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Breakthrough: new drug kills cancer cells without side effects

Breakthrough: new drug kills cancer cells without side effects


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New active ingredient forces cancer cells to commit suicide

A new and revolutionary drug specifically kills cancer cells without affecting healthy cells. In initial tests on people with malignant lymph node tumors, the patients showed no side effects after the treatment. An English research team reports this in a recent study.

Imperial College London researchers made a breakthrough in cancer research. The London team succeeded in what scientists had been trying unsuccessfully for over thirty years. They successfully developed and tested a drug for aggressive blood cancer that kills cancer cells but spares healthy cells. The study results were recently published in the specialist journal "The British Journal of Haematology".

Encouraging results

"The results of this pilot study must be interpreted with caution at such an early stage, but they are very encouraging," summarizes the lead author Dr. Holger Auner together. So far, the drug has only been tested on three patients who suffered from multiple myeloma, also known as plasmacytoma or Kahler disease. This aggressive form of blood cancer often breaks out in several places at the same time. The treatment is extremely difficult with previous methods, explain the Imperial doctors.

Small but promising

In the small clinical study conducted by the English research team, the new drug was tested on three patients. The researchers were able to provide the first clinical evidence that the drug specifically kills myeloma cells in the bone marrow while leaving the patient's healthy tissue untouched. "Our results show that this drug could work for some patients with this aggressive form of cancer," says research director Professor Guido Franzoso in a press release on the study results.

Kill cancer cells with no side effects

"This is the first clinical evidence that our drug specifically targets cancer cells in patients while showing no signs of toxicity," the professor continued. Myeloma typically occurs in older adults. There are approximately 5,500 cases of this type in the UK each year. The cancer cannot be cured in most patients.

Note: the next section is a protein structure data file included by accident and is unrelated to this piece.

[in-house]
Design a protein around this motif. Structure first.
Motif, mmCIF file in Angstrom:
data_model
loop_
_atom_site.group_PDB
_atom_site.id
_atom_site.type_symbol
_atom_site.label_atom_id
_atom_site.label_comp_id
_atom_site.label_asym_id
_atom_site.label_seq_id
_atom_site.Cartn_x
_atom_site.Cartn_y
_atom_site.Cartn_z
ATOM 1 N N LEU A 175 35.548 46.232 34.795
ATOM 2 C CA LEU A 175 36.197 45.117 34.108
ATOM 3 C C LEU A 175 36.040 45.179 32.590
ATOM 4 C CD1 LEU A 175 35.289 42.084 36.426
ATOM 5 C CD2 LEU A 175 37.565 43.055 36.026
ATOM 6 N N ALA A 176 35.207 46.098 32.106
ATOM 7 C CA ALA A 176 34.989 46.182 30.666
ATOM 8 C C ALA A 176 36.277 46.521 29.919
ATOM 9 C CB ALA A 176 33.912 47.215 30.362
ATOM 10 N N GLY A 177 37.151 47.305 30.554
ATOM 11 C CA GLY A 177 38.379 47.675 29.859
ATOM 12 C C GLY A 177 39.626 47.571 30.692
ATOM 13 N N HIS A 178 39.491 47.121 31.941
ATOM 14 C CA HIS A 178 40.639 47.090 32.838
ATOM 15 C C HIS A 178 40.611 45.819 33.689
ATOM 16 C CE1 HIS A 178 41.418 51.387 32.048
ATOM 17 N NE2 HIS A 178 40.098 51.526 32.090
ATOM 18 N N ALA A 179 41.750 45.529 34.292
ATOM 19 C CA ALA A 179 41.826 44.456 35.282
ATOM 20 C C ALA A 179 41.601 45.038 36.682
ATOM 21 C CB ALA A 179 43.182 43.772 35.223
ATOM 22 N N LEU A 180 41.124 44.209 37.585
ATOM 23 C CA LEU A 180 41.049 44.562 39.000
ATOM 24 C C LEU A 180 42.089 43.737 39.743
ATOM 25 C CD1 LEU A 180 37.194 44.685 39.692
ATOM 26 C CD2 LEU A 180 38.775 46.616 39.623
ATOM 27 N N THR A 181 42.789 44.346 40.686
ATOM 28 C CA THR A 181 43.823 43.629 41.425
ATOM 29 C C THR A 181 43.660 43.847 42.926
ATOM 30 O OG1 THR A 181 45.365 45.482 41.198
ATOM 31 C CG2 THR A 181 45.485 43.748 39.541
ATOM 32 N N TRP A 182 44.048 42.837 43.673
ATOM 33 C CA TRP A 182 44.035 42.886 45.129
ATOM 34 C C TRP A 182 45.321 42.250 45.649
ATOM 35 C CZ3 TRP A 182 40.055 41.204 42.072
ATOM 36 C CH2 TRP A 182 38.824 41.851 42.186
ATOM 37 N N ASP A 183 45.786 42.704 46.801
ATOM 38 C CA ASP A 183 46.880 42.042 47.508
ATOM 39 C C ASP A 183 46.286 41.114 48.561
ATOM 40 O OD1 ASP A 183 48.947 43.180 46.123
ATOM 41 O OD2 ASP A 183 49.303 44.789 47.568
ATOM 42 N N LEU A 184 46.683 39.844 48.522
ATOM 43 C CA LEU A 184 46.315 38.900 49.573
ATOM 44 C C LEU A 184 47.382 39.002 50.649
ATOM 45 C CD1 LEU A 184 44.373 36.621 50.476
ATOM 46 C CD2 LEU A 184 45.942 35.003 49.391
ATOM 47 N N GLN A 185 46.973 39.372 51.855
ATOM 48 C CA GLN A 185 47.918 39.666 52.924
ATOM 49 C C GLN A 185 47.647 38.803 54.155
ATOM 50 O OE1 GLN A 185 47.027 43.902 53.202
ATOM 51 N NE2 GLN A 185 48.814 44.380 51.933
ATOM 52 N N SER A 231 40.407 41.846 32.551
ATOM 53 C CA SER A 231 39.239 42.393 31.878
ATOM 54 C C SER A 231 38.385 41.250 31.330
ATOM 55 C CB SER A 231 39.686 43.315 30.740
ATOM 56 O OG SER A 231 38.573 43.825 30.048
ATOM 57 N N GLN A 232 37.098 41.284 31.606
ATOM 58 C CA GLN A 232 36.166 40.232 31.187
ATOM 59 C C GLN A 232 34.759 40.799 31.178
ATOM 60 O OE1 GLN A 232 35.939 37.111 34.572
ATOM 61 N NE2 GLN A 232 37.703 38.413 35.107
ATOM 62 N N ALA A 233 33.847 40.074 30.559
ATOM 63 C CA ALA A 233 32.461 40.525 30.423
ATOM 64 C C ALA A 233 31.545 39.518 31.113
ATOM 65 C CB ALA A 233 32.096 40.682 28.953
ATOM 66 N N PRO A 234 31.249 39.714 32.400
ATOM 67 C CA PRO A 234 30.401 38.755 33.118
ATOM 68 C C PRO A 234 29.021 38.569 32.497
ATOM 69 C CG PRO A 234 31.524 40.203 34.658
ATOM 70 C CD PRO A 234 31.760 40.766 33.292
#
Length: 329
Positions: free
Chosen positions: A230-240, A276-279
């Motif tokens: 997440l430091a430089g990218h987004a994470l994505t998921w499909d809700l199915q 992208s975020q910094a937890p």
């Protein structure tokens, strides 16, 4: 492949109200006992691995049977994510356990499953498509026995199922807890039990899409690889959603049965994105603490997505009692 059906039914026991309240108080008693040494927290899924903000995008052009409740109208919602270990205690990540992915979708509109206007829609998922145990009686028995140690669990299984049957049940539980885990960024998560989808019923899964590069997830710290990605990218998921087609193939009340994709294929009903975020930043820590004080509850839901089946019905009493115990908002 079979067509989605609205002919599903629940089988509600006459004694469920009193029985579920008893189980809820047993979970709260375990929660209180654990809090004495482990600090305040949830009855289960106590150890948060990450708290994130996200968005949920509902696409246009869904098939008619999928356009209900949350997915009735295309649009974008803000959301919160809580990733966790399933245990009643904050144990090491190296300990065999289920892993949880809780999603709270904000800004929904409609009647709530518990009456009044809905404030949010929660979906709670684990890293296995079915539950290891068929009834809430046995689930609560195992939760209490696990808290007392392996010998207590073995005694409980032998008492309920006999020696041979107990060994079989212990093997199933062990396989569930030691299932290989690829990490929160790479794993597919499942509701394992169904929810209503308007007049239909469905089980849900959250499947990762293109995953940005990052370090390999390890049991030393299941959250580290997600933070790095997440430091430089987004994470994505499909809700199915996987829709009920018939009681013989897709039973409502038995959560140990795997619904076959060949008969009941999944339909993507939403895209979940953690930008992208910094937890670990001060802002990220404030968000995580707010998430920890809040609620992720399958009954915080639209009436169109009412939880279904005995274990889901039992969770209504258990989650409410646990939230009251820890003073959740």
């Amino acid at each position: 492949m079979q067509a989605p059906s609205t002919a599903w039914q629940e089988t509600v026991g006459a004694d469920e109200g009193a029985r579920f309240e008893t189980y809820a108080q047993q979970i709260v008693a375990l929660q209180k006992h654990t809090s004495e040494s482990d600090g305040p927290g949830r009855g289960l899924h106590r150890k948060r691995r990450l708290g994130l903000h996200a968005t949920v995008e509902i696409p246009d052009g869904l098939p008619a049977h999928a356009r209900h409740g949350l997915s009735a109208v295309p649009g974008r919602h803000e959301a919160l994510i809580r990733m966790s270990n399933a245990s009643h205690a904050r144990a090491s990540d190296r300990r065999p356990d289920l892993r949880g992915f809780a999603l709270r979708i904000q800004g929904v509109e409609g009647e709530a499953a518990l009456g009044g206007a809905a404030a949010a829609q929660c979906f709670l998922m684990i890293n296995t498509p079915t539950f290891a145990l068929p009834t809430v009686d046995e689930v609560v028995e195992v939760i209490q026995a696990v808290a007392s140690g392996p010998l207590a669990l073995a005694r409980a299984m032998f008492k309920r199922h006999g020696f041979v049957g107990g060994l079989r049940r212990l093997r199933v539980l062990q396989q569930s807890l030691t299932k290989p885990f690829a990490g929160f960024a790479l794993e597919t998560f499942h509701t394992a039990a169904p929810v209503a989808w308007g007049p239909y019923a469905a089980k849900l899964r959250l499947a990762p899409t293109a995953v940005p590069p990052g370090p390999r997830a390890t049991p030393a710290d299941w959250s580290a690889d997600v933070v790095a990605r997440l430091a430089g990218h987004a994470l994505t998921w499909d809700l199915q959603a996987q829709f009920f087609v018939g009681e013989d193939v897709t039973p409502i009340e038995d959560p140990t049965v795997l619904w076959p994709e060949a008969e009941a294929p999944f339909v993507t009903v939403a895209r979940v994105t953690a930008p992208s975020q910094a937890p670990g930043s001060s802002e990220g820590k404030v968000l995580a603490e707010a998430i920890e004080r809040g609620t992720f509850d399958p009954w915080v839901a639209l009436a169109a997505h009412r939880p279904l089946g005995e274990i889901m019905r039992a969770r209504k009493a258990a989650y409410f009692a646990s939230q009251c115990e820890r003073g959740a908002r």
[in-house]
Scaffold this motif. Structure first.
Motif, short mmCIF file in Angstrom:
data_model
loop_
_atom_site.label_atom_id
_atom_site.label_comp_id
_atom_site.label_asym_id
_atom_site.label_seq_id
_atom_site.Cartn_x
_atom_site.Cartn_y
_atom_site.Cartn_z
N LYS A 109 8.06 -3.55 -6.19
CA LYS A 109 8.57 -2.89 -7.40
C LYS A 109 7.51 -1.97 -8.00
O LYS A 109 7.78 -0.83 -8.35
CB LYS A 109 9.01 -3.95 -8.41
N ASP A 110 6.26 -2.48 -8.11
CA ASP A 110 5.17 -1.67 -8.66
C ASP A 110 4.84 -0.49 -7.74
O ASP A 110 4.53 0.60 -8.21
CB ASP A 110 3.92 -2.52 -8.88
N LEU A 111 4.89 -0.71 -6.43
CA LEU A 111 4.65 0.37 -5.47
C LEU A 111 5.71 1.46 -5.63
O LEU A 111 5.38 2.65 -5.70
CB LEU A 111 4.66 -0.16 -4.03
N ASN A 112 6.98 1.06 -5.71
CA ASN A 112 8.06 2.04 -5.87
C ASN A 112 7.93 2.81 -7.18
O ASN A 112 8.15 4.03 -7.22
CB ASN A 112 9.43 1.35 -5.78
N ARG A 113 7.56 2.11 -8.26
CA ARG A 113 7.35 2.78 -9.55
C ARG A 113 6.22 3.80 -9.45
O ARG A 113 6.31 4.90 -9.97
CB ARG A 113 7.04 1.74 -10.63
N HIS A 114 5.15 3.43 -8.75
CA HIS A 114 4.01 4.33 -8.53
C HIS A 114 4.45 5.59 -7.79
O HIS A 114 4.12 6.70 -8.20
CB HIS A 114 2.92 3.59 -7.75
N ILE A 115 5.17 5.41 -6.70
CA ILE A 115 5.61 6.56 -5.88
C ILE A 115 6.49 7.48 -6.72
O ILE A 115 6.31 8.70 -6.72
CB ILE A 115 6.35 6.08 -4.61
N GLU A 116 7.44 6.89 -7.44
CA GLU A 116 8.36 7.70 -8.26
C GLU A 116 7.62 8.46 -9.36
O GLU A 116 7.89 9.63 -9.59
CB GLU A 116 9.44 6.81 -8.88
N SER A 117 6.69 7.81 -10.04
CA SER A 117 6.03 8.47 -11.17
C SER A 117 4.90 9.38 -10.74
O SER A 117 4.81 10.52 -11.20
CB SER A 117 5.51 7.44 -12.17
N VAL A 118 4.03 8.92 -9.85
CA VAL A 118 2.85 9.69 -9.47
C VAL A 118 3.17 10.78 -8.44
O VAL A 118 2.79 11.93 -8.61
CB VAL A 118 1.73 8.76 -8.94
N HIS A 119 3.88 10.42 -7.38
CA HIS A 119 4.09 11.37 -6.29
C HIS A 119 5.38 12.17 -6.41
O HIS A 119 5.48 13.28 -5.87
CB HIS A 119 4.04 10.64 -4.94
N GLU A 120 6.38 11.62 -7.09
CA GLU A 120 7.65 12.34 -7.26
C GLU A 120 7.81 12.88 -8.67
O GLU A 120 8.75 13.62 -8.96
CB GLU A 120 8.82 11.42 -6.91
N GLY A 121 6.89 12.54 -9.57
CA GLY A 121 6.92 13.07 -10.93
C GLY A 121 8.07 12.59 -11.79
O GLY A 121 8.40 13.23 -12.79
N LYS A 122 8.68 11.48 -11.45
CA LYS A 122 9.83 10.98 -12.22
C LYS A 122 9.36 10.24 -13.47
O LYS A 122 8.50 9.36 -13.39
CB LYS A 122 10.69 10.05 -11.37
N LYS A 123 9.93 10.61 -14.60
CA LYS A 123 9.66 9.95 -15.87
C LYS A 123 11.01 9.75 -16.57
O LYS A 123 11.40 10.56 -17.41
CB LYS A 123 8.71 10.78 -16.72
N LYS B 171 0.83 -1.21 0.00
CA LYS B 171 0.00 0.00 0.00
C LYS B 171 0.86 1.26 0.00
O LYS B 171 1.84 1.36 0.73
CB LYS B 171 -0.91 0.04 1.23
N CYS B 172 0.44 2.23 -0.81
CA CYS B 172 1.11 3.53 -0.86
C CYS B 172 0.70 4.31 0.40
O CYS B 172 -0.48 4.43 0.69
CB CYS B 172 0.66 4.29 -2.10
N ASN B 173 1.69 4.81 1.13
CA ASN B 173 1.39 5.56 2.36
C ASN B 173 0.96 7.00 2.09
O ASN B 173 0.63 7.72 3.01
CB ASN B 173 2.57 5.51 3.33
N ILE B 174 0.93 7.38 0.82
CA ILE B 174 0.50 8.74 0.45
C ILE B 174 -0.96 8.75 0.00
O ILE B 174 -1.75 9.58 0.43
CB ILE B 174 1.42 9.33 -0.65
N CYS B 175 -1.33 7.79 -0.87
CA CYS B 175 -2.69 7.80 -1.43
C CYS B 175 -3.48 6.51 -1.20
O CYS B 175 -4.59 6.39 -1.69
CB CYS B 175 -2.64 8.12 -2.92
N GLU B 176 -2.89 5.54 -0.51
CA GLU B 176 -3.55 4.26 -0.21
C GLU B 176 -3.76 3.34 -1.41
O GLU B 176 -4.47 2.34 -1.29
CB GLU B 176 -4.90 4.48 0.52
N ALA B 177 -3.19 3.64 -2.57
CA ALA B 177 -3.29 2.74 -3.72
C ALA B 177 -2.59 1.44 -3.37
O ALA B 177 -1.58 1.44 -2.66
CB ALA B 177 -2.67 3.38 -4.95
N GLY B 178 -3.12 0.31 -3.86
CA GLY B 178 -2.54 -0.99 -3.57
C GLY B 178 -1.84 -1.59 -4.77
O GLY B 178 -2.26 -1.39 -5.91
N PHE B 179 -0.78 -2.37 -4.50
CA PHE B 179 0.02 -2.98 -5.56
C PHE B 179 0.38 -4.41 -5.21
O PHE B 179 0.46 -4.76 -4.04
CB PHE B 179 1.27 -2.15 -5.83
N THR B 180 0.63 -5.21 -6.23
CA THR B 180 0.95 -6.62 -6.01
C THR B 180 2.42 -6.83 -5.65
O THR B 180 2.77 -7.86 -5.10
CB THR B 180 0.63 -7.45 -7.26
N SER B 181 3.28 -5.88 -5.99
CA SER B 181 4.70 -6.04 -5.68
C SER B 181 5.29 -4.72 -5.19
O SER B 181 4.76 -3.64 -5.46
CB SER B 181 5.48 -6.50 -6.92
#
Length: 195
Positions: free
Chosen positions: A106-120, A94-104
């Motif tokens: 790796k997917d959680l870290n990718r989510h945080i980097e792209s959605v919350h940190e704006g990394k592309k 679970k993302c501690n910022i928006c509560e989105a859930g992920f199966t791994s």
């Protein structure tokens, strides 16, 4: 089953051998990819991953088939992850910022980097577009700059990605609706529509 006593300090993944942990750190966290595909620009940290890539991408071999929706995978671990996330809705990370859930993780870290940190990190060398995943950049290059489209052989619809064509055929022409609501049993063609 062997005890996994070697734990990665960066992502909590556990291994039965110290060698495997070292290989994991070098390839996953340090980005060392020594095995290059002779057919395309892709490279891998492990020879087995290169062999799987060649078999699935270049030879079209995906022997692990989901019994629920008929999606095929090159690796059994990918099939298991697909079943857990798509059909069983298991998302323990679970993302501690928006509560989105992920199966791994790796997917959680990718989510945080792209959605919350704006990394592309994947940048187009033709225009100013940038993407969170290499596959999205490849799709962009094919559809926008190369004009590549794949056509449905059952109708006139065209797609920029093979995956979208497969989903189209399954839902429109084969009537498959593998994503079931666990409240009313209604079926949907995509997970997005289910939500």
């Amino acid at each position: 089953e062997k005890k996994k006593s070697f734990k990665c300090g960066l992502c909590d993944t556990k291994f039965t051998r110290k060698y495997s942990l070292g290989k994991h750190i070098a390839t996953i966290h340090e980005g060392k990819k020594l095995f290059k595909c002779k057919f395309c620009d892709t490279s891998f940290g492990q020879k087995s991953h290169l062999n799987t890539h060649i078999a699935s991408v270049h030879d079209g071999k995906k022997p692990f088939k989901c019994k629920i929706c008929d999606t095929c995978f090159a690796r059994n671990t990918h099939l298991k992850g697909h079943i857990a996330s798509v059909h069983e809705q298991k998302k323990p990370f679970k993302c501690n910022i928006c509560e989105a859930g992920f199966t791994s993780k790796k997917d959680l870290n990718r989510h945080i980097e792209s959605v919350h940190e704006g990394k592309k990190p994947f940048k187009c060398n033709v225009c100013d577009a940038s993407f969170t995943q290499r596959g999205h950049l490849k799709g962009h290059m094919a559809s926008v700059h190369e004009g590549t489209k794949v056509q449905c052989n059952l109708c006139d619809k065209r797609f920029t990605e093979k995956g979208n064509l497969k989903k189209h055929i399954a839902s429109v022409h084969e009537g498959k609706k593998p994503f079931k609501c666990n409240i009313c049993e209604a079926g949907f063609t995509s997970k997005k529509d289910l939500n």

Previous therapies are often unsuccessful

"With previous methods, we can in most cases keep the disease under control for several years, but in the end we almost always have no treatment options," says Dr. Holger Auner. The pharmaceutical industry has repeatedly tried to develop a blood cancer medication over the past 30 years, but has had little success despite huge investments. Often, the medication failed due to serious undesirable side effects.

Forcing the cancer cell to commit suicide

Professor Franzoso's team tried a new approach. The scientists took advantage of a natural process known as apoptosis. This is a self-destruct mechanism within certain cells. However, as long as a protein called GADD45b and an enzyme called MKK7 are linked, the suicide signal is suppressed. This is where the new active ingredient comes in and blocks the connection between the protein and the enzyme in the cancer cells. The result: the cancer cell destroys itself.

Healthy cells are not affected

"We have developed a drug that can block this signaling mechanism in cancer, but not in normal cells," summarizes Professor Franzoso. This has also been shown in laboratory tests in mice. In contrast to existing drugs, there was no toxicity and no detectable side effects.

Struck in two out of three patients

In human clinical trials, the drug has shown effects in two of the three patients. After the 28-day treatment, the cell suicide mechanisms in the cancer cells were activated in two patients and the progression of the disease could be stopped. However, the drug had no effect on the third patient. The researchers suspect a genetically determined background for the ineffectiveness.

When will the drug be usable?

"We hope to be able to conduct larger studies in the future to determine whether the drug can be used in the clinic for the benefit of multiple myeloma patients, but effective new drug treatment will take a few more years," said Professor Franzoso. (vb)

Author and source information


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